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Who doesn’t want to be a millionaire?


Fidelity, one of the nation’s largest 401(k) administrators, recently announced that they now have more than 200,000 401(k) millionaires. That’s a significant increase from the 3rd quarter of 2017 when there were 133,000.

In and of itself, this is incredible and without a doubt, those households are well on their way to a comfortable retirement. If you were to look under the hood of these accounts, I’m fairly confident you’d find a wide range of investments, with a heavy emphasis on stock funds.

And while the investments held within these accounts may be varied, there are likely a few common threads among those 401(k) millionaires. 

For example, all of them began their quest with zero dollars in their accounts. They didn’t procrastinate or wait until everything was good in the world or their personal lives. Rather, they chose to put money into their retirement account every pay period -- and I emphasize “every.” You can’t count to a million without starting at one.

The results clearly indicate that, at some point, those millionaires committed to save and invest a portion of their paycheck every payday. It didn’t matter if the business headlines proclaimed a recession or a flourishing economy.

It didn’t matter what world leader was condemning our nation. Or to what political party our president belonged. These millionaires simply ignored the day-to-day news and stayed committed to their plan to save in good economic times or bad.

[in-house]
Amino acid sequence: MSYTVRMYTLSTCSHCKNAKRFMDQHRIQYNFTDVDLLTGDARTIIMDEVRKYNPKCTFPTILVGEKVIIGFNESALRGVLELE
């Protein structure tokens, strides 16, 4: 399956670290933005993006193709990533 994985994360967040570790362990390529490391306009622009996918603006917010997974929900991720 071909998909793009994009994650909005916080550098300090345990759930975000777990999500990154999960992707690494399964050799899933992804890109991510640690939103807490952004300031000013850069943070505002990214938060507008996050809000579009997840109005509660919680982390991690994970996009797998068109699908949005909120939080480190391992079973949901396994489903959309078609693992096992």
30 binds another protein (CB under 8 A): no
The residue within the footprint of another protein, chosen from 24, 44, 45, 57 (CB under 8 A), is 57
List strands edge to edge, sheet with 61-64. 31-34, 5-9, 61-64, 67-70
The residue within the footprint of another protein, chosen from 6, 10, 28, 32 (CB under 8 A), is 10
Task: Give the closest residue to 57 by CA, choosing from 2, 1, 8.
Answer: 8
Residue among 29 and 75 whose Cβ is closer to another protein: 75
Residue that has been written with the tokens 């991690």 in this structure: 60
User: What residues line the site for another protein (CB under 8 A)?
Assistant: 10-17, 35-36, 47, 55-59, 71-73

The key isn’t so much what investments they chose, but simply that they chose to invest. It’s highly unlikely they moved in and out of various funds based on headlines or emotions. They focused on their long-term objective and ignored the talking heads.

With the year coming to an end, now is an opportune time to review your current contribution level so that you get a strong start out of the 2020 starting gate.

For example, if you’re contributing six percent of your pay into a 401(k), consider increasing your contribution to eight or even ten percent. A few extra dollars every pay period goes a long way over a working career.

I also suggest you take a look at your investment menu. It continues to surprise me how many people don’t know what choices they’ve made.

The fact that more and more people are becoming millionaires is proof that a commitment to save and invest wisely pays off. That accomplishment, however, is somewhat mitigated by various governments, especially your Uncle Sam.

Withdrawals are treated as ordinary income, so you have to pay income tax on every penny you withdraw. In fact, when city, state and federal taxes are tallied, those new millionaires will likely pay in the neighborhood of 15 to 25 cents for every dollar they take out.

The good news, if you want to call it that, is that there are no Social Security taxes. Somewhat better news is that, if you have a Roth 401(k), no taxes are withheld at all. Of course, you’ve already paid taxes on the money before you put it into a Roth account.

Nobody knows what the investment results will be in the upcoming years. But I do know that it’s possible to become a millionaire if you take full advantage of your employer’s retirement program. Good luck.